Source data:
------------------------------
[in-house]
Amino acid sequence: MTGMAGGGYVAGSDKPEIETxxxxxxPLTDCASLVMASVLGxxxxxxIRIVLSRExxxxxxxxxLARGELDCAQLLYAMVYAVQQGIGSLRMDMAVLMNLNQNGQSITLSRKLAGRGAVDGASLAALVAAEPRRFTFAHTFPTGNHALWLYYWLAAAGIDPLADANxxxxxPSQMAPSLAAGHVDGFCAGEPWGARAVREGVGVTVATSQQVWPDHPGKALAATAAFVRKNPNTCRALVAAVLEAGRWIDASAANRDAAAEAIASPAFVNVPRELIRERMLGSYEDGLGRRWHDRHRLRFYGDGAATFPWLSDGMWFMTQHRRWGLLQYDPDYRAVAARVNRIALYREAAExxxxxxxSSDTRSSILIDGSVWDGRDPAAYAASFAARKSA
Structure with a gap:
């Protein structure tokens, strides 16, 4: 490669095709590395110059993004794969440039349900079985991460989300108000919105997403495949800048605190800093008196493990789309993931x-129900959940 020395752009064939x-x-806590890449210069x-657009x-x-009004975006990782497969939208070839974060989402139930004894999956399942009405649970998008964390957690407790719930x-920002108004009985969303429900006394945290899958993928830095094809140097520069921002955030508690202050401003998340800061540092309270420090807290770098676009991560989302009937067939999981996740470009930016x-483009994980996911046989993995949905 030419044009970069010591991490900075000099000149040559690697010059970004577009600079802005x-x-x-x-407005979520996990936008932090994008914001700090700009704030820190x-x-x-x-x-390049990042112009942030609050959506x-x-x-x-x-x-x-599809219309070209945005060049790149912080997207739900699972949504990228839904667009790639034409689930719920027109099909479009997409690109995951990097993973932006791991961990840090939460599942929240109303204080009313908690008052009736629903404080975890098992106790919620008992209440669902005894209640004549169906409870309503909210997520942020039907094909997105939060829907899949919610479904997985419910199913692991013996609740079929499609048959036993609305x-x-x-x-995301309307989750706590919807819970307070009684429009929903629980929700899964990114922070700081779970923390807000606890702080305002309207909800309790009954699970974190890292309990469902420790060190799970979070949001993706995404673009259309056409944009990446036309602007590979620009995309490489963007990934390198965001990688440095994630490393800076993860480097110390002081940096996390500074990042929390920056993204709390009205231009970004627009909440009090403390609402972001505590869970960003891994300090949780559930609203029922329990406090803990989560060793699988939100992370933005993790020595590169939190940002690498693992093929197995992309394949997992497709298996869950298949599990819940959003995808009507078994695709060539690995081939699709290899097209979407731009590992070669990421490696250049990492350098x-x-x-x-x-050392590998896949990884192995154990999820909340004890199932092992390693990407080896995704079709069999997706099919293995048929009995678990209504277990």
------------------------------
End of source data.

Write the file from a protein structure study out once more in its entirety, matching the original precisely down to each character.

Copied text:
[in-house]
Amino acid sequence: MTGMAGGGYVAGSDKPEIETxxxxxxPLTDCASLVMASVLGxxxxxxIRIVLSRExxxxxxxxxLARGELDCAQLLYAMVYAVQQGIGSLRMDMAVLMNLNQNGQSITLSRKLAGRGAVDGASLAALVAAEPRRFTFAHTFPTGNHALWLYYWLAAAGIDPLADANxxxxxPSQMAPSLAAGHVDGFCAGEPWGARAVREGVGVTVATSQQVWPDHPGKALAATAAFVRKNPNTCRALVAAVLEAGRWIDASAANRDAAAEAIASPAFVNVPRELIRERMLGSYEDGLGRRWHDRHRLRFYGDGAATFPWLSDGMWFMTQHRRWGLLQYDPDYRAVAARVNRIALYREAAExxxxxxxSSDTRSSILIDGSVWDGRDPAAYAASFAARKSA
Structure with a gap:
């Protein structure tokens, strides 16, 4: 490669095709590395110059993004794969440039349900079985991460989300108000919105997403495949800048605190800093008196493990789309993931x-129900959940 020395752009064939x-x-806590890449210069x-657009x-x-009004975006990782497969939208070839974060989402139930004894999956399942009405649970998008964390957690407790719930x-920002108004009985969303429900006394945290899958993928830095094809140097520069921002955030508690202050401003998340800061540092309270420090807290770098676009991560989302009937067939999981996740470009930016x-483009994980996911046989993995949905 030419044009970069010591991490900075000099000149040559690697010059970004577009600079802005x-x-x-x-407005979520996990936008932090994008914001700090700009704030820190x-x-x-x-x-390049990042112009942030609050959506x-x-x-x-x-x-x-599809219309070209945005060049790149912080997207739900699972949504990228839904667009790639034409689930719920027109099909479009997409690109995951990097993973932006791991961990840090939460599942929240109303204080009313908690008052009736629903404080975890098992106790919620008992209440669902005894209640004549169906409870309503909210997520942020039907094909997105939060829907899949919610479904997985419910199913692991013996609740079929499609048959036993609305x-x-x-x-995301309307989750706590919807819970307070009684429009929903629980929700899964990114922070700081779970923390807000606890702080305002309207909800309790009954699970974190890292309990469902420790060190799970979070949001993706995404673009259309056409944009990446036309602007590979620009995309490489963007990934390198965001990688440095994630490393800076993860480097110390002081940096996390500074990042929390920056993204709390009205231009970004627009909440009090403390609402972001505590869970960003891994300090949780559930609203029922329990406090803990989560060793699988939100992370933005993790020595590169939190940002690498693992093929197995992309394949997992497709298996869950298949599990819940959003995808009507078994695709060539690995081939699709290899097209979407731009590992070669990421490696250049990492350098x-x-x-x-x-050392590998896949990884192995154990999820909340004890199932092992390693990407080896995704079709069999997706099919293995048929009995678990209504277990």